Going shopping is a fun activity for many people. However, it comes with some level of temptation. Before you head out to the store, you should have an idea of what you are willing to spend. Make sure that you stick to considering things only if they are in your price range.
No matter what, you should never try to take things from a store without paying for them. You could be charged with shoplifting. It is sometimes possible to face a criminal charge even if you don’t actively try to leave the store.
Definition of shoplifting in South Carolina
In the simplest terms, shoplifting is seen as larceny. It only requires that a person try to conceal merchandise: for example, if you stick a shirt inside of a cooler you are purchasing or throw a lipstick inside of a purse you plan to purchase. You can face criminal charges.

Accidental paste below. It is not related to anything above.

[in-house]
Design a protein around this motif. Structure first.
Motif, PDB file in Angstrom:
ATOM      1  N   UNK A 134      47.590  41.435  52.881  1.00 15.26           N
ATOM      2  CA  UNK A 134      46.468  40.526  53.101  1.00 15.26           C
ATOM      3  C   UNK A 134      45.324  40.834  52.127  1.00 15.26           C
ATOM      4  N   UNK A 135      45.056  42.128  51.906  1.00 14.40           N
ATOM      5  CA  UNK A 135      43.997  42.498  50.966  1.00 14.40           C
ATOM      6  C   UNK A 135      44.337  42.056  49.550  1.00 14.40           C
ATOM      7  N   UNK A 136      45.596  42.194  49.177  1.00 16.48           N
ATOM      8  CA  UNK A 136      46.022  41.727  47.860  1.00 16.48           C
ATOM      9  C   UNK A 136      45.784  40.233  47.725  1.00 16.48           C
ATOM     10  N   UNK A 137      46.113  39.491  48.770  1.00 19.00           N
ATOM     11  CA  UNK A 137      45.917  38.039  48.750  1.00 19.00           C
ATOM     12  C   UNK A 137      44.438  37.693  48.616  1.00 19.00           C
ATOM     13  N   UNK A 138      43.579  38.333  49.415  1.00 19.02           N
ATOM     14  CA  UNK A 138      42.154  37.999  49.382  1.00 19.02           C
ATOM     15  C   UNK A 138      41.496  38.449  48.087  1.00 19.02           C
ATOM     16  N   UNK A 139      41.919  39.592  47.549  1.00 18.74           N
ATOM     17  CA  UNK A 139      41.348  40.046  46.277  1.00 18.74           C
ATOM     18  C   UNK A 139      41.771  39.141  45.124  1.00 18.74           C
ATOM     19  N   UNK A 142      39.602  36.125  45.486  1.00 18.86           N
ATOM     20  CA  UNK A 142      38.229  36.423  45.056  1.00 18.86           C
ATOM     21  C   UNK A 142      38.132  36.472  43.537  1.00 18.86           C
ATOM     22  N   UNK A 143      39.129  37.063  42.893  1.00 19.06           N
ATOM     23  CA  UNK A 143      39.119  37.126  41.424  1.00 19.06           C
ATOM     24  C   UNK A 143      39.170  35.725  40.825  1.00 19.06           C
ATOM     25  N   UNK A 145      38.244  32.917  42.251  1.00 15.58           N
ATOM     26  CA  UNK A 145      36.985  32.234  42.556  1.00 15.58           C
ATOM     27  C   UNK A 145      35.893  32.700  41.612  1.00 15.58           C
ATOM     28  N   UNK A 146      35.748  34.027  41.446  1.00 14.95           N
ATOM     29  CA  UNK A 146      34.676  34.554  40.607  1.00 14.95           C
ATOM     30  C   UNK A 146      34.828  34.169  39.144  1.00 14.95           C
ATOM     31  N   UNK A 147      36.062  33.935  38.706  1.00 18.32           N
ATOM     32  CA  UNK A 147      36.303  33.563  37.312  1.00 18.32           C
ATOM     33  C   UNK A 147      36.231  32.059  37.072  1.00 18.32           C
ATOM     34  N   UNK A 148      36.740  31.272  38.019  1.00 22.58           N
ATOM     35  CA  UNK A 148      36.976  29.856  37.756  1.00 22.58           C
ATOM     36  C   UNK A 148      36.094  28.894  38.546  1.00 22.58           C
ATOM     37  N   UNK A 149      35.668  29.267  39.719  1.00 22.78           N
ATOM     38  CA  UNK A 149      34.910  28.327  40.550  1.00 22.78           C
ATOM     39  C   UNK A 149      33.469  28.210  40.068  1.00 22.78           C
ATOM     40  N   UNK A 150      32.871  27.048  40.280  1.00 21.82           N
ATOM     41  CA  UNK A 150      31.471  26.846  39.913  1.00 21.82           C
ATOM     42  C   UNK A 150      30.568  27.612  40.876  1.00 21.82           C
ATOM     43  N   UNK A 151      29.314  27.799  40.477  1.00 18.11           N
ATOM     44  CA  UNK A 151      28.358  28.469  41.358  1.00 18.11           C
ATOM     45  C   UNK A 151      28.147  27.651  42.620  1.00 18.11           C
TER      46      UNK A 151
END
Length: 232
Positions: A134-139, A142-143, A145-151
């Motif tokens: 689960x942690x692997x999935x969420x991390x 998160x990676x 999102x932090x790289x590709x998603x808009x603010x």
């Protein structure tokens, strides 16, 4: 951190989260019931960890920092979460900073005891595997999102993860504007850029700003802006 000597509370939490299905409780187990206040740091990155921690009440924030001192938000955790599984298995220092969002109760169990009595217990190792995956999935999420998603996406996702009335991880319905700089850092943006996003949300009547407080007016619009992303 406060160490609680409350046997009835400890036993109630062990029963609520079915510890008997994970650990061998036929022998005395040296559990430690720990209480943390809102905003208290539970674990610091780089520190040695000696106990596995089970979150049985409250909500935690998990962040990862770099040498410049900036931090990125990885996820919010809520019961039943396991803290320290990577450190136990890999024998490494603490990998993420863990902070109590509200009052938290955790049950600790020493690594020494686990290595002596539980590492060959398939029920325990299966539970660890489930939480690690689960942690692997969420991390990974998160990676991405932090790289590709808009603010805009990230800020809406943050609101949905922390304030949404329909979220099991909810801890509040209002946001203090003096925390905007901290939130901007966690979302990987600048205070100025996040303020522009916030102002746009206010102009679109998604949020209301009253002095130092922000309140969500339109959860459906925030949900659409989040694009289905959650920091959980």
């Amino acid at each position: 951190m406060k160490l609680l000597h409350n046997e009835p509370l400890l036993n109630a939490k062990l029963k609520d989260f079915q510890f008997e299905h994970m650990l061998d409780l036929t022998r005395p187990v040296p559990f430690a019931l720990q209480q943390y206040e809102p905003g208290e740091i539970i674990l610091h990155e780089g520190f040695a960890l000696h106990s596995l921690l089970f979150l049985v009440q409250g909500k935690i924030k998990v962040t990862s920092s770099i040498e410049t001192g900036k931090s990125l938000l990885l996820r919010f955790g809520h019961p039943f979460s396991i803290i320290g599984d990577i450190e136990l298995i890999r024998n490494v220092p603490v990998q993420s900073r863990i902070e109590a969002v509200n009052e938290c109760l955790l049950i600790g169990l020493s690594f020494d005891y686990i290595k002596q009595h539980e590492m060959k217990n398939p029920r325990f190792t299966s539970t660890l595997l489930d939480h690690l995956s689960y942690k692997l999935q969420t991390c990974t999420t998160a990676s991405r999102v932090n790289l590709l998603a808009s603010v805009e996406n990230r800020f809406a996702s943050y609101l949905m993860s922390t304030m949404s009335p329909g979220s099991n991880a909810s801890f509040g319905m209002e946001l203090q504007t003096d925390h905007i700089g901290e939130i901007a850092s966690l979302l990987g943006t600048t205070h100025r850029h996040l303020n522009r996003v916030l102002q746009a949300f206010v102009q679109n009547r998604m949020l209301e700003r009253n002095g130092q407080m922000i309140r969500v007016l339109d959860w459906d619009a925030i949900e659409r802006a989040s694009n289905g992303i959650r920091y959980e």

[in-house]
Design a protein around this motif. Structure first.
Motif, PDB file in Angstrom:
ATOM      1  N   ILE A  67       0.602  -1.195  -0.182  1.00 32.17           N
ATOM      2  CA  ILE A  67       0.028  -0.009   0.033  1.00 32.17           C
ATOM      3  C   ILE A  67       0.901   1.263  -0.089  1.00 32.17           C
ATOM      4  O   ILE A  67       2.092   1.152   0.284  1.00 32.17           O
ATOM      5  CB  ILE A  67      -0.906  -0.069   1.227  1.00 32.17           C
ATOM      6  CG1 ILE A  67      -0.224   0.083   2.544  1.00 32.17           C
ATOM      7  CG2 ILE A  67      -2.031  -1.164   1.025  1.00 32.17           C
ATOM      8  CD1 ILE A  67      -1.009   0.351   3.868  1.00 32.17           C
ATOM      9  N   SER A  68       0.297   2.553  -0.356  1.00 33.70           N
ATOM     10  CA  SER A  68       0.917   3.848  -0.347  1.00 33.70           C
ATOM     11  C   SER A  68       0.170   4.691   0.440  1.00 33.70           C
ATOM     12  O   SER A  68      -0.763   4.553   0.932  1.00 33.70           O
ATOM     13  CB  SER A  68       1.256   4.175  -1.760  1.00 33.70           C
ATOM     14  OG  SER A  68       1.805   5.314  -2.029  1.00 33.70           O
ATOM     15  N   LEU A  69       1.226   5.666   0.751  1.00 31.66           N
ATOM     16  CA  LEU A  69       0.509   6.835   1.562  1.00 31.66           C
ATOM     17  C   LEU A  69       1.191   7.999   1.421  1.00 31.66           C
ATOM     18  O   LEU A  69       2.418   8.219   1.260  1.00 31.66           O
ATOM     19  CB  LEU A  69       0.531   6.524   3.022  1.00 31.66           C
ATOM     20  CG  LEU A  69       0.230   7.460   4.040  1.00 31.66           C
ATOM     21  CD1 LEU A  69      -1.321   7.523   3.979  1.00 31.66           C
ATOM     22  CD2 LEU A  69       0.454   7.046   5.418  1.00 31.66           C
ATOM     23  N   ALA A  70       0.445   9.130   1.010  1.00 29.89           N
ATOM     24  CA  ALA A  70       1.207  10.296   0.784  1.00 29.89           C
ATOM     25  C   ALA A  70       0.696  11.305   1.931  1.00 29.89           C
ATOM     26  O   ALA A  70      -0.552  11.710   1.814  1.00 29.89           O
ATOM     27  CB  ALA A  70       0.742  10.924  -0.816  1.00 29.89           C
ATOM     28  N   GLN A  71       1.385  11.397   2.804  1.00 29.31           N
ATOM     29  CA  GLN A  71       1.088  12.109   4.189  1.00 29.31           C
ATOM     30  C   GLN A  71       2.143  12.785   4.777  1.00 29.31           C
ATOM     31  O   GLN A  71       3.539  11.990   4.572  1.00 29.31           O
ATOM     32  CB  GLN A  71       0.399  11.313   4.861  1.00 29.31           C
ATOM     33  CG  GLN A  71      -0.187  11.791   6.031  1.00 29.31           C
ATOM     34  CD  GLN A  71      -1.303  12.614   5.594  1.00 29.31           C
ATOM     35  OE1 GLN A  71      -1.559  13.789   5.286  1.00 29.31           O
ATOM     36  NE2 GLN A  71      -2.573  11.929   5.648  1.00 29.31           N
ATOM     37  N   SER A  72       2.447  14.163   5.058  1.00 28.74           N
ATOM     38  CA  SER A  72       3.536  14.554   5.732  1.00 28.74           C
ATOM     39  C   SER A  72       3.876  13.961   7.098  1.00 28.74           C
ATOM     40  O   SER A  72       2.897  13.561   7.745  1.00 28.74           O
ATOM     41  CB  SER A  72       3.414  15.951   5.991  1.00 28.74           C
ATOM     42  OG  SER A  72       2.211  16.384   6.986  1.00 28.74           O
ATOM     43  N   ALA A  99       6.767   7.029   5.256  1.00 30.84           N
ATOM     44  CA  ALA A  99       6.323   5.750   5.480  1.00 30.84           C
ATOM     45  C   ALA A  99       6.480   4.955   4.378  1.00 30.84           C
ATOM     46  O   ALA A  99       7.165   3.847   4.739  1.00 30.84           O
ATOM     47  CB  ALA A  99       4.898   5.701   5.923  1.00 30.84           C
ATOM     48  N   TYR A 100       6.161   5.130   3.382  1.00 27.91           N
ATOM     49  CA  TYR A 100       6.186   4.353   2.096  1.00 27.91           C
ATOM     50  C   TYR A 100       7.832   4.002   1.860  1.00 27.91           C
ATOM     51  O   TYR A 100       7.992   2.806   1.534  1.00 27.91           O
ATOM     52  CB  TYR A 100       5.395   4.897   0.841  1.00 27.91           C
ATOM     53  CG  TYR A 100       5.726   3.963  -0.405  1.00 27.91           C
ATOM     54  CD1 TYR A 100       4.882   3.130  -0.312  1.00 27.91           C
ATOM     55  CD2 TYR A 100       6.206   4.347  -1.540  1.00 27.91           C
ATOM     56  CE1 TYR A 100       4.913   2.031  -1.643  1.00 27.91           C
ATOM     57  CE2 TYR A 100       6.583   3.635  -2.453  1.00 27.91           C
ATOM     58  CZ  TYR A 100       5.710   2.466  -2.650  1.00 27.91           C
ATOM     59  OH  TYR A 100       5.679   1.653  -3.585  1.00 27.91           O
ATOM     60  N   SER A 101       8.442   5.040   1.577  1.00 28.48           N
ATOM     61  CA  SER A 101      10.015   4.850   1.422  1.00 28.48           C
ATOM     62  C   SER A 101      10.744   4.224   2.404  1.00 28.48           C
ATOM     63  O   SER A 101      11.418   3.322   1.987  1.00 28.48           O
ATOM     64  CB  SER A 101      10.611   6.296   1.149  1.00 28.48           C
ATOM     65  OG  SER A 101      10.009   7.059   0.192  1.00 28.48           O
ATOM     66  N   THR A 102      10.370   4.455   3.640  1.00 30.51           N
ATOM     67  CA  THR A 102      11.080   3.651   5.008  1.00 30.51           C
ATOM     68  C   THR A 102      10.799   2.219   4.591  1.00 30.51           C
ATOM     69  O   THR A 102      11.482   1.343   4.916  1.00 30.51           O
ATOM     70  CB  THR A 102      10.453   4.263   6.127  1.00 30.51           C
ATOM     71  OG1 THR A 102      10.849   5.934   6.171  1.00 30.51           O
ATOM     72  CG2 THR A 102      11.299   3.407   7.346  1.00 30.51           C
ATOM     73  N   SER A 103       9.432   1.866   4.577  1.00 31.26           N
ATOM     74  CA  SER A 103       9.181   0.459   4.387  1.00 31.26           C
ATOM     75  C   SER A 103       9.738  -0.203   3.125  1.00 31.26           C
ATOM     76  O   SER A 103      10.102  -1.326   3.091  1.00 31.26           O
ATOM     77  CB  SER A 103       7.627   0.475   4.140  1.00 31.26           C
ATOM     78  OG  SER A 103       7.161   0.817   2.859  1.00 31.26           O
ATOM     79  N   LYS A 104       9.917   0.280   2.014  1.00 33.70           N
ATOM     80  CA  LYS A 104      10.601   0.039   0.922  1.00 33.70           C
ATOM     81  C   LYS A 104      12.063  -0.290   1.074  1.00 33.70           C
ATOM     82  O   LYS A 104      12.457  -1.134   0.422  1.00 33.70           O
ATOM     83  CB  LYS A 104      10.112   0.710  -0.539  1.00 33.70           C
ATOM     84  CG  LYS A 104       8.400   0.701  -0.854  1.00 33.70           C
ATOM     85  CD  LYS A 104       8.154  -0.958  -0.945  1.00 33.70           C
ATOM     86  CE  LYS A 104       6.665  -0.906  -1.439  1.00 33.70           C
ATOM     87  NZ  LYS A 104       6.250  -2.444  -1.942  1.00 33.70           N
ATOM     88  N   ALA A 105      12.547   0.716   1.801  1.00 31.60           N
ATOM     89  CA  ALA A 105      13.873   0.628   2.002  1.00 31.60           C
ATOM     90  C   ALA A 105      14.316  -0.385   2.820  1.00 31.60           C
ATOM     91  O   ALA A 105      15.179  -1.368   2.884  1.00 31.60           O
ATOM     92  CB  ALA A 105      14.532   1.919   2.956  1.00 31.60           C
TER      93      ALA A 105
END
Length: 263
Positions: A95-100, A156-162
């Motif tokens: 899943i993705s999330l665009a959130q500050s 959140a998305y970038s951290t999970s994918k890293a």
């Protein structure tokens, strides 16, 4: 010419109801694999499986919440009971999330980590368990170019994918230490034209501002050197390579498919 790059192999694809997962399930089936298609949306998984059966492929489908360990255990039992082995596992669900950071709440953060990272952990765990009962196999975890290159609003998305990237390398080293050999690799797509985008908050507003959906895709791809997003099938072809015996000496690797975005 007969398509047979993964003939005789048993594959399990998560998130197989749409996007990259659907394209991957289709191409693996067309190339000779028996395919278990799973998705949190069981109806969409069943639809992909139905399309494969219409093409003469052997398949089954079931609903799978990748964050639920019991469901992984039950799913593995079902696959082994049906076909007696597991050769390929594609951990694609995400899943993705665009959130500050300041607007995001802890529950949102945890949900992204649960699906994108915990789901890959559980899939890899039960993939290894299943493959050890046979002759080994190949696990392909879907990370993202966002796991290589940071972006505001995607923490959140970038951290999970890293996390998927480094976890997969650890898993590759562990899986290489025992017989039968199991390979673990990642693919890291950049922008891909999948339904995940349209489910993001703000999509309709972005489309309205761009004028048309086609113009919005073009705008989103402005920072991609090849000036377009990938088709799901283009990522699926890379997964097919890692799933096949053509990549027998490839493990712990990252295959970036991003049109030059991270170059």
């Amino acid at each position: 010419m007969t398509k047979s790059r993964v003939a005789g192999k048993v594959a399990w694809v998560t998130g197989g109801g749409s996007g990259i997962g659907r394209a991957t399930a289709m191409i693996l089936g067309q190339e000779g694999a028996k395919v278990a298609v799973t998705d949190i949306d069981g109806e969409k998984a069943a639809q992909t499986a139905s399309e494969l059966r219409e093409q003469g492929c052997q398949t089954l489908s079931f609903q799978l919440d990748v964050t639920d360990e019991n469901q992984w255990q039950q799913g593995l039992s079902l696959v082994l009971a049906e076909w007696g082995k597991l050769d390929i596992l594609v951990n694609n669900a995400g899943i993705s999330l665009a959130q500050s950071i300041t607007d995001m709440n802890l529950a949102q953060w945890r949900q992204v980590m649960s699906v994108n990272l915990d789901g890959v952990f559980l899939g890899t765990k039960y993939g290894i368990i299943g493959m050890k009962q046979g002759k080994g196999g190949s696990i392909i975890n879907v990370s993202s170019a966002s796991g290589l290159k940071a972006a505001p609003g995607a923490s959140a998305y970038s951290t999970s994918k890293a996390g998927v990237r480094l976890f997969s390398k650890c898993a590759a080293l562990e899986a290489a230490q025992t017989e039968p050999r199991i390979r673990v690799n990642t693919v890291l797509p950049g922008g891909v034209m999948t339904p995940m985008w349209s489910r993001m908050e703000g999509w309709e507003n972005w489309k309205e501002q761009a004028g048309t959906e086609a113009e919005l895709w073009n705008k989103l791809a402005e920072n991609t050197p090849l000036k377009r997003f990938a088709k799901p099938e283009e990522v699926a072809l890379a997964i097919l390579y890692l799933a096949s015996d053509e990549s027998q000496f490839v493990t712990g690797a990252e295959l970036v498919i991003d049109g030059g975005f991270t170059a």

Changing price tags or barcodes can also be construed as shoplifting since these can deprive the merchant of the proceeds of the full sale price. The perception of your intention and actions matters.
Value of the items
The value of the merchandise you are accused of shoplifting impacts the charge and penalties. A value of less than $2,000 is petit larceny, which is a misdemeanor. Anything over that is grand larceny, a felony.
The value of the merchandise is the total in question for a single incident. If you are charged with trying to take 10 suits with a value of $100 each, you will face petit larceny. If you attempt to take more than 20 suits, you will be charged with grand larceny.
- Up to $2,000 value: Up to 30 days in jail and a fine of up to $1,000
- $2,000 to $10,000 value: Up to five years in prison and a fine of up to $1,000
- More than $10,000 value: Up to 10 years in prison and a fine of up to $1,000
If you are facing a shoplifting charge, remember that your defense is important. Even if the charge is petit larceny, you are still looking at some serious impacts that might go far beyond the jail time and fines. Make sure you consider this when you are planning your strategy.